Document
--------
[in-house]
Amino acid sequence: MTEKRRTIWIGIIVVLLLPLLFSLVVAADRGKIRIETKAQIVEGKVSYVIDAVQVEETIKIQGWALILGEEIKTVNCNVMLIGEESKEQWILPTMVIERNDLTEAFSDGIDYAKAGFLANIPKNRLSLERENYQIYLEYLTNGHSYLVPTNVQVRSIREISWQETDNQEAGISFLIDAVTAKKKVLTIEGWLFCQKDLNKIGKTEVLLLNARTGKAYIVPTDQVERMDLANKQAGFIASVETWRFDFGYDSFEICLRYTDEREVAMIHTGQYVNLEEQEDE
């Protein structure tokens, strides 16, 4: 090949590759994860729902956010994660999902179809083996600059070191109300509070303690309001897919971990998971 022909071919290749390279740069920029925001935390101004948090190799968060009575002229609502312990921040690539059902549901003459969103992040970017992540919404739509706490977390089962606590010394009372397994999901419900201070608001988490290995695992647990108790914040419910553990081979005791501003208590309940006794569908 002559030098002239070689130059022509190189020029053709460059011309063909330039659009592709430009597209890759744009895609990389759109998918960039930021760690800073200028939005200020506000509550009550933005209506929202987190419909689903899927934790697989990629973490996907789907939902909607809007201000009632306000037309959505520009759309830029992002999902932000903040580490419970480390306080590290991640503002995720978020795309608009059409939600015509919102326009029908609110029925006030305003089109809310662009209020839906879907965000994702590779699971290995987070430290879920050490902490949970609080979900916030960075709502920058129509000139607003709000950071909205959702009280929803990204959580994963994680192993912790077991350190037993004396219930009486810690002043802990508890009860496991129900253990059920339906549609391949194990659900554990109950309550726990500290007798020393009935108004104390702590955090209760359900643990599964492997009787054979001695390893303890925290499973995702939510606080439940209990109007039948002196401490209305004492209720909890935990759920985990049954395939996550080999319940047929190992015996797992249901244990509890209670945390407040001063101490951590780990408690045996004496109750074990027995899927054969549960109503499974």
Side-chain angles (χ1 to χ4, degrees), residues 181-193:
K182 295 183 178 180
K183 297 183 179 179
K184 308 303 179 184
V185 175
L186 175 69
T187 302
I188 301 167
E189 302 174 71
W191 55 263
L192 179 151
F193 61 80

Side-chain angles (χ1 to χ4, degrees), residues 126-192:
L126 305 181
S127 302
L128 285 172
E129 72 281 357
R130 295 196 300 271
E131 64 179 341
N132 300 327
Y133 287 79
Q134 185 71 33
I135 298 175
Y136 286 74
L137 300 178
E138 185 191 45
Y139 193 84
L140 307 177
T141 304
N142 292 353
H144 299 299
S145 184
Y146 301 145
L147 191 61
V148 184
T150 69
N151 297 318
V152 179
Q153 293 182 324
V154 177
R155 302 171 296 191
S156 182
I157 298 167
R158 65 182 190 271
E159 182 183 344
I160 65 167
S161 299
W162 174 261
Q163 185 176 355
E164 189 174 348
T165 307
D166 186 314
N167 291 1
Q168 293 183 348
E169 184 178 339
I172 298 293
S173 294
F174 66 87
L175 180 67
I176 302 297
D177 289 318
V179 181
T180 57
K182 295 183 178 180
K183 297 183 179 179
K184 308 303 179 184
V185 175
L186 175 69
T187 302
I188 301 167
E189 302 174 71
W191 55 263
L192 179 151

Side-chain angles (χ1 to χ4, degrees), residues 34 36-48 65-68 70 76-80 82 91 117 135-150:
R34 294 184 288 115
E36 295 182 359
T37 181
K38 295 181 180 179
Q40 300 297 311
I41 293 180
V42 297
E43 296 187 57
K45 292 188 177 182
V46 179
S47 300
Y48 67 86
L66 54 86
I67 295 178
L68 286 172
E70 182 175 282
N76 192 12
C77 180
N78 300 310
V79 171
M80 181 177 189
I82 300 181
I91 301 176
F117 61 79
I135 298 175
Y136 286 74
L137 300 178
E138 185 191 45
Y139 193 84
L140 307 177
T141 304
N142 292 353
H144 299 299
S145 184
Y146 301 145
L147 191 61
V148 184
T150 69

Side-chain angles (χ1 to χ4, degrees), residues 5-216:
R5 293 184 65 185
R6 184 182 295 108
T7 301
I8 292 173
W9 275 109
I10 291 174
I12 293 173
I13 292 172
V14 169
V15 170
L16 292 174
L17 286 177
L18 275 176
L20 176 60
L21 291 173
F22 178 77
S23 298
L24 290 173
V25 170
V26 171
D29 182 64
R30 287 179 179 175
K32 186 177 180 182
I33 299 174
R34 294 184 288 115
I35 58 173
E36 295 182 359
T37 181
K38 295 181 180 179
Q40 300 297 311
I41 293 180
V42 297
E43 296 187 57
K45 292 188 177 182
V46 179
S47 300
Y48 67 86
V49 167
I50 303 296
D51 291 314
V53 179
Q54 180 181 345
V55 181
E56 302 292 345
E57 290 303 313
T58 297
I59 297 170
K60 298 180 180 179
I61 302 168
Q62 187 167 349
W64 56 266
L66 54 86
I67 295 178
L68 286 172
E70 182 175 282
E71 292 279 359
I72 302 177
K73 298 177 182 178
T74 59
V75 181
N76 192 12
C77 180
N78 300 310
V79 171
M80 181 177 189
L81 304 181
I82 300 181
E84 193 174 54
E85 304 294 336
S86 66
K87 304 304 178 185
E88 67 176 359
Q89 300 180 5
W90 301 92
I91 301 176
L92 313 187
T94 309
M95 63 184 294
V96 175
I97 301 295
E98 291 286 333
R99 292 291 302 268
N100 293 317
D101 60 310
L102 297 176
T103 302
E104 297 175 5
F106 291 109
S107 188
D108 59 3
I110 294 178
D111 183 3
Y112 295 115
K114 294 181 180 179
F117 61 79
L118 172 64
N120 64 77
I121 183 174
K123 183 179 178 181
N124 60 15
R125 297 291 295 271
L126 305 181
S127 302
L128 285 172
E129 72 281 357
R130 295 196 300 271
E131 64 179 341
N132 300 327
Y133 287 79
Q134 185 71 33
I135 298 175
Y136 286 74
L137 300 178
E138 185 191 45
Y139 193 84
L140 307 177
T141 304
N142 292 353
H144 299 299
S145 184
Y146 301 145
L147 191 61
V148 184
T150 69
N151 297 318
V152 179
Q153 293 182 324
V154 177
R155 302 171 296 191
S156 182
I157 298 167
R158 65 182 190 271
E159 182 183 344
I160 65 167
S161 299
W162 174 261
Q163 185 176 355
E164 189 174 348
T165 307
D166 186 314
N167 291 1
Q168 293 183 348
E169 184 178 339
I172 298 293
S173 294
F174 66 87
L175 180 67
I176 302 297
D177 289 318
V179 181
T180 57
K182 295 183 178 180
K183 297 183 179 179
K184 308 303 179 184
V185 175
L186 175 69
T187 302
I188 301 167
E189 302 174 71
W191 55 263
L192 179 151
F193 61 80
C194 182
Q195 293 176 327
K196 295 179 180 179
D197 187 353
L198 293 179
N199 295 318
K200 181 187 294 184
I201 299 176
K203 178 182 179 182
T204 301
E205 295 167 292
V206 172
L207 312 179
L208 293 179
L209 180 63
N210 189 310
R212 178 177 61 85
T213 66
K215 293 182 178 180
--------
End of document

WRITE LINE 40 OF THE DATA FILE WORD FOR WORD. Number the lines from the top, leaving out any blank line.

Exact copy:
N151 297 318